The Last Detail is a 1973 American comedy-drama film directed by Hal Ashby and starring Jack Nicholson, Randy Quaid, Otis Young, with a screenplay adapted by Robert Towne from a 1970 novel of the same name by Darryl Ponicsan. The film became known for its frequent use of profanity. It was nominated for three Academy Awards, Best Actor in a Leading Role, Jack Nicholson; Best Actor in a Supporting Role, Randy Quaid; and Best Writing, Screenplay Based on Material from Another Medium, Robert Towne.
The Navy the Navy still doesn’t want us to see
Jack Nicholson is a performer with the rare ability to completely immerse himself in a chosen role and convince the audience of the stark reality of his performance. Playing Navy Signalman First Class Billy “Badass” Buddusky in Hal Ashby’s 1973 film rendition of Darryl Ponicsan’s novel, “The Last Detail” is a sterling example of that uncommon talent. Rough-edged but understanding, crude but compassionate, Buddusky and fellow “lifer” Gunner’s Mate First Class “Mule” Mulhall (skillfully portrayed by Otis Young) are “detailed” as armed Shore Patrol guards to escort a young sailor, Larry Meadows (Randy Quaid) from Norfolk, Va. to a naval prison in Portsmouth, NH in order to serve an eight-year sentence after being convicted at a court-martial of petty theft.
The five-day journey northward is an adventure for all three. Sympathizing with Meadows’s plight, apprised of his utter naivete and realizing his sentence far exceeds the severity of the offense, Buddusky and Mulhall conduct their version of a cram course in traditional male rights of passage–ranging from a drunken spree in Washington, D.C. to duking it out with Marines in New York City and getting their charge sexually initiated with a Boston prostitute–if for no other reason than to give him some taste of what he will not be experiencing for a long time and to teach him in some small way to assert himself as an individual.
Darryl Ponicsan’s novel (which hit the racks at practically the same time the film had been released–the book’s ending is quite different and, to me, is much less believable than the film’s) was initially hailed as a polemic against what many believed was the cold indifference of the military establishment. However, since that time, it has been judged more a compelling “slice of life” drama about the complexities of everyday human behavior and how it is shaped by our own decisions and by entities beyond our immediate purview. And, more importantly, it forces us to think about how our ever-more-complicated society is increasingly unable to find ways to help its young people constructively mark transition into adulthood.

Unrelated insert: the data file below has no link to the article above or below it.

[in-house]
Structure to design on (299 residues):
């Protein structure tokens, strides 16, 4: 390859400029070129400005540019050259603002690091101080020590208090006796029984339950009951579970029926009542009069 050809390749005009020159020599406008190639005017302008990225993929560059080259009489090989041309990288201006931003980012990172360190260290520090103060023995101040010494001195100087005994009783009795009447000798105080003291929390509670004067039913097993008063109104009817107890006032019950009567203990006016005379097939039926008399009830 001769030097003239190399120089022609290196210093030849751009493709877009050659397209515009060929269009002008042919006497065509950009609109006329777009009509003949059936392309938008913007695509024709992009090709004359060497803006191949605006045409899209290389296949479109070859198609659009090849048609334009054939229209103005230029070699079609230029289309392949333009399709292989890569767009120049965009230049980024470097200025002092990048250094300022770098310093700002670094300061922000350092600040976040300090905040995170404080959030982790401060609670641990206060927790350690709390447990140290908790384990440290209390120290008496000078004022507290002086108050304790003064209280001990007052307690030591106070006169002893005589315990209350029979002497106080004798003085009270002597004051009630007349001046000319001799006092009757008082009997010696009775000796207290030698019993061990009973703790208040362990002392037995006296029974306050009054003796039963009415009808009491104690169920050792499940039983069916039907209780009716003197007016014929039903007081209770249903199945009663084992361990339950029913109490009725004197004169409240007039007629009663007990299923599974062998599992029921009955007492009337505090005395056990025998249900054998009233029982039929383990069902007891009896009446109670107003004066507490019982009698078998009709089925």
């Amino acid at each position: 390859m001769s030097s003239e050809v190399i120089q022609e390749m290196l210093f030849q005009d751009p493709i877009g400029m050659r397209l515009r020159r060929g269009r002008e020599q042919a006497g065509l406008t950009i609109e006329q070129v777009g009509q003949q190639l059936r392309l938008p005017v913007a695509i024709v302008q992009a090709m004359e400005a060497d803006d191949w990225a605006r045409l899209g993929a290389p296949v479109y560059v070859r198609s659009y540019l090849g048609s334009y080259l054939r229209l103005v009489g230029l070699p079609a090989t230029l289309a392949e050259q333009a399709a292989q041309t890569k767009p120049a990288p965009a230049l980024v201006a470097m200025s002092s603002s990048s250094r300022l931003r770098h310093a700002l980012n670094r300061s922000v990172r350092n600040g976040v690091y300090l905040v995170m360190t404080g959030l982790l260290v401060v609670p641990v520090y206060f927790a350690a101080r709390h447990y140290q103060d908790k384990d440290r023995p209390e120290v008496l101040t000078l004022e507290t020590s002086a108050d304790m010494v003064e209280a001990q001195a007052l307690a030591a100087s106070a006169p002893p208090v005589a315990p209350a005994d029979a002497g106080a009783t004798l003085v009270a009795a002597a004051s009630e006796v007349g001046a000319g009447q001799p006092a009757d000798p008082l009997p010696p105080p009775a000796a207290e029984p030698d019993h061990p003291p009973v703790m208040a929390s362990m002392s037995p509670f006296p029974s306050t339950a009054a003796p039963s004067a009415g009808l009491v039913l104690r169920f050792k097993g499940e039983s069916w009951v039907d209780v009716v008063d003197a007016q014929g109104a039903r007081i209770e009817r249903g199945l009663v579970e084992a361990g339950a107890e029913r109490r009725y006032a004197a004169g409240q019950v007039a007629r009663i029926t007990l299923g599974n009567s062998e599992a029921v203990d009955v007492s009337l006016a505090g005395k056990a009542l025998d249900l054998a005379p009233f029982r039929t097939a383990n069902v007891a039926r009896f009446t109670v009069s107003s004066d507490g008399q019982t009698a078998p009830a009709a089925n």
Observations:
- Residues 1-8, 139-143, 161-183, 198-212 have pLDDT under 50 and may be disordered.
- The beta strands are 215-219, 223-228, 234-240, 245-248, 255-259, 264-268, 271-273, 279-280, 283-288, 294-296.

“The Last Detail” is a sadly overlooked but superb blend of pathos, ribald bittersweet humor, hard-edged ’70s realism and insightful and subtle human drama, one that brashly and subtly brought back many personal memories of my Navy hitch and a work that says something to all of us by merely focusing upon a small “detail” of a sadly overlooked and unappreciated decade that was alternately (and simultaneously) bleak yet hopeful.
They don’t seem to make movies like this anymore, do they?
Author: MisterWhiplash from United States
22 February 2003
While the question is a bit rhetorical, I do mean it- you don’t see that many movies made anymore like this, The Last Detail by Hal Ashby (Being There) and Robert Towne (later to write another Nicholson gem, Chinatown), where the story is just a baseline to the characters studied in subtle and not so subtle ways. It even grows on the viewer if seen multiple times, where what seems to be dragging on is loaded with nuance. There’s a level of existentialism to it: how free are Buddusky and Mulhall, or their choices? Probably not much at all, at least not any more or less than the doomed Meadows. But this is not the only method of Ashby on the material, there are also superlative performances from Jack Nicholson, Otis Young, and a newcomer at the time, Randy Quaid.